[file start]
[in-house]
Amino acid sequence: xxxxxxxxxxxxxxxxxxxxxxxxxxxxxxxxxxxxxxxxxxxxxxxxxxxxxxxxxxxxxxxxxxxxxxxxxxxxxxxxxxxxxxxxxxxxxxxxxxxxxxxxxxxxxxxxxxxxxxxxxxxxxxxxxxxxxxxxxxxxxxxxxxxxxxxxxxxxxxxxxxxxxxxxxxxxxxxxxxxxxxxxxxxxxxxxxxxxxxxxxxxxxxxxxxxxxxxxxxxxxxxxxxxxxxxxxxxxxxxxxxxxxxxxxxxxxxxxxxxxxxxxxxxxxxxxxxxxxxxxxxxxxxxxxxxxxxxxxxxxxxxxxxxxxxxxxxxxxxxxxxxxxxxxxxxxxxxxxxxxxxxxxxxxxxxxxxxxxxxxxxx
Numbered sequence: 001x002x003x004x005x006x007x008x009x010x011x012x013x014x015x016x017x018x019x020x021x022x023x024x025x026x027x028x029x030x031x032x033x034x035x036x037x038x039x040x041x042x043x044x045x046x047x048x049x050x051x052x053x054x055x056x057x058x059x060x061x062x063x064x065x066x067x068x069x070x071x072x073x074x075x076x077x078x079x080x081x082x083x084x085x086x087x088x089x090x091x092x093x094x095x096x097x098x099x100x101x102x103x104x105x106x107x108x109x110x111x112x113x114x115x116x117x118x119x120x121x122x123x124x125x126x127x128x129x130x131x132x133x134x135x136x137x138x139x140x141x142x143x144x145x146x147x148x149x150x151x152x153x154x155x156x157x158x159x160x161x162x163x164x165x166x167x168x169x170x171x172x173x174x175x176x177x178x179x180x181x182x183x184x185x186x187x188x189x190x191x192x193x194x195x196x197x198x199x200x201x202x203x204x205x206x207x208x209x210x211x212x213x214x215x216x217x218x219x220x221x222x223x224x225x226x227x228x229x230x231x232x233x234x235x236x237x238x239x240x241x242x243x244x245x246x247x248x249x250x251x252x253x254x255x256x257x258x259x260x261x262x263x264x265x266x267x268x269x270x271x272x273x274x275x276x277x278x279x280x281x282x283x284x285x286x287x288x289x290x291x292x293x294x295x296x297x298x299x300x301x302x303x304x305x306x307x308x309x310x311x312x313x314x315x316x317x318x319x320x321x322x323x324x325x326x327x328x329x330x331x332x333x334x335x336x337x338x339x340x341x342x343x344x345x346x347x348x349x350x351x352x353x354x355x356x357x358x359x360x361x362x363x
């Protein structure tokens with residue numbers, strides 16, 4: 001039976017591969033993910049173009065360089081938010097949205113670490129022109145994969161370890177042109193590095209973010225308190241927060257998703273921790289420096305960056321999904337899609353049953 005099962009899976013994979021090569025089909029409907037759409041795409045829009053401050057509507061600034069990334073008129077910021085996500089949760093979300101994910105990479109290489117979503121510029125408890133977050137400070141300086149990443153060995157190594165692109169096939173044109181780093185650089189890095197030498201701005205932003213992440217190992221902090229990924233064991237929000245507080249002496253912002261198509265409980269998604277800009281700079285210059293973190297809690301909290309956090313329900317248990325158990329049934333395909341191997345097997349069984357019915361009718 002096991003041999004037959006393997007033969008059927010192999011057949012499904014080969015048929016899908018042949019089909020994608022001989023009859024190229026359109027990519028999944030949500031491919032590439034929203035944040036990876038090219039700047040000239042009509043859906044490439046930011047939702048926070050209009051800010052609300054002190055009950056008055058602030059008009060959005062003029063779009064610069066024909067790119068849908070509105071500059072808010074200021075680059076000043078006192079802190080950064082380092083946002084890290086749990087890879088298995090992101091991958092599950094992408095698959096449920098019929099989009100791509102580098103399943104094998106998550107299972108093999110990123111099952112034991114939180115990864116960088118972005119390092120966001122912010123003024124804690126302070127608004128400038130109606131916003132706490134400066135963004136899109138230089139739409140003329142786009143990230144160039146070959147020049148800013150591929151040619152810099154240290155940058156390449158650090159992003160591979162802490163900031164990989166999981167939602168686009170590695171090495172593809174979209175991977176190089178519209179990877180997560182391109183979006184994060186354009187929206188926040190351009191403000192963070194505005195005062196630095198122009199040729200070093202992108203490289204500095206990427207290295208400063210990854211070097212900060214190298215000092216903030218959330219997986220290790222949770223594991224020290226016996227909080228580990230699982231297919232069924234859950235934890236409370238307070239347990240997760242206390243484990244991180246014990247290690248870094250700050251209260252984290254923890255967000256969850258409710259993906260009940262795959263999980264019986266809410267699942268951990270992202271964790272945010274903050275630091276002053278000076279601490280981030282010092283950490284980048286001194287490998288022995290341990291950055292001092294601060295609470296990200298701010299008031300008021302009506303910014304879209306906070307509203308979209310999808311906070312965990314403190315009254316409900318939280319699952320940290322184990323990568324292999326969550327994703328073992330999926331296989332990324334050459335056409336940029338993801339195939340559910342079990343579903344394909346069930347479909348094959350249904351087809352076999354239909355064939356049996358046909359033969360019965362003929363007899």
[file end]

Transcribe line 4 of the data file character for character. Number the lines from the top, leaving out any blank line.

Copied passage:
């Protein structure tokens with residue numbers, strides 16, 4: 001039976017591969033993910049173009065360089081938010097949205113670490129022109145994969161370890177042109193590095209973010225308190241927060257998703273921790289420096305960056321999904337899609353049953 005099962009899976013994979021090569025089909029409907037759409041795409045829009053401050057509507061600034069990334073008129077910021085996500089949760093979300101994910105990479109290489117979503121510029125408890133977050137400070141300086149990443153060995157190594165692109169096939173044109181780093185650089189890095197030498201701005205932003213992440217190992221902090229990924233064991237929000245507080249002496253912002261198509265409980269998604277800009281700079285210059293973190297809690301909290309956090313329900317248990325158990329049934333395909341191997345097997349069984357019915361009718 002096991003041999004037959006393997007033969008059927010192999011057949012499904014080969015048929016899908018042949019089909020994608022001989023009859024190229026359109027990519028999944030949500031491919032590439034929203035944040036990876038090219039700047040000239042009509043859906044490439046930011047939702048926070050209009051800010052609300054002190055009950056008055058602030059008009060959005062003029063779009064610069066024909067790119068849908070509105071500059072808010074200021075680059076000043078006192079802190080950064082380092083946002084890290086749990087890879088298995090992101091991958092599950094992408095698959096449920098019929099989009100791509102580098103399943104094998106998550107299972108093999110990123111099952112034991114939180115990864116960088118972005119390092120966001122912010123003024124804690126302070127608004128400038130109606131916003132706490134400066135963004136899109138230089139739409140003329142786009143990230144160039146070959147020049148800013150591929151040619152810099154240290155940058156390449158650090159992003160591979162802490163900031164990989166999981167939602168686009170590695171090495172593809174979209175991977176190089178519209179990877180997560182391109183979006184994060186354009187929206188926040190351009191403000192963070194505005195005062196630095198122009199040729200070093202992108203490289204500095206990427207290295208400063210990854211070097212900060214190298215000092216903030218959330219997986220290790222949770223594991224020290226016996227909080228580990230699982231297919232069924234859950235934890236409370238307070239347990240997760242206390243484990244991180246014990247290690248870094250700050251209260252984290254923890255967000256969850258409710259993906260009940262795959263999980264019986266809410267699942268951990270992202271964790272945010274903050275630091276002053278000076279601490280981030282010092283950490284980048286001194287490998288022995290341990291950055292001092294601060295609470296990200298701010299008031300008021302009506303910014304879209306906070307509203308979209310999808311906070312965990314403190315009254316409900318939280319699952320940290322184990323990568324292999326969550327994703328073992330999926331296989332990324334050459335056409336940029338993801339195939340559910342079990343579903344394909346069930347479909348094959350249904351087809352076999354239909355064939356049996358046909359033969360019965362003929363007899």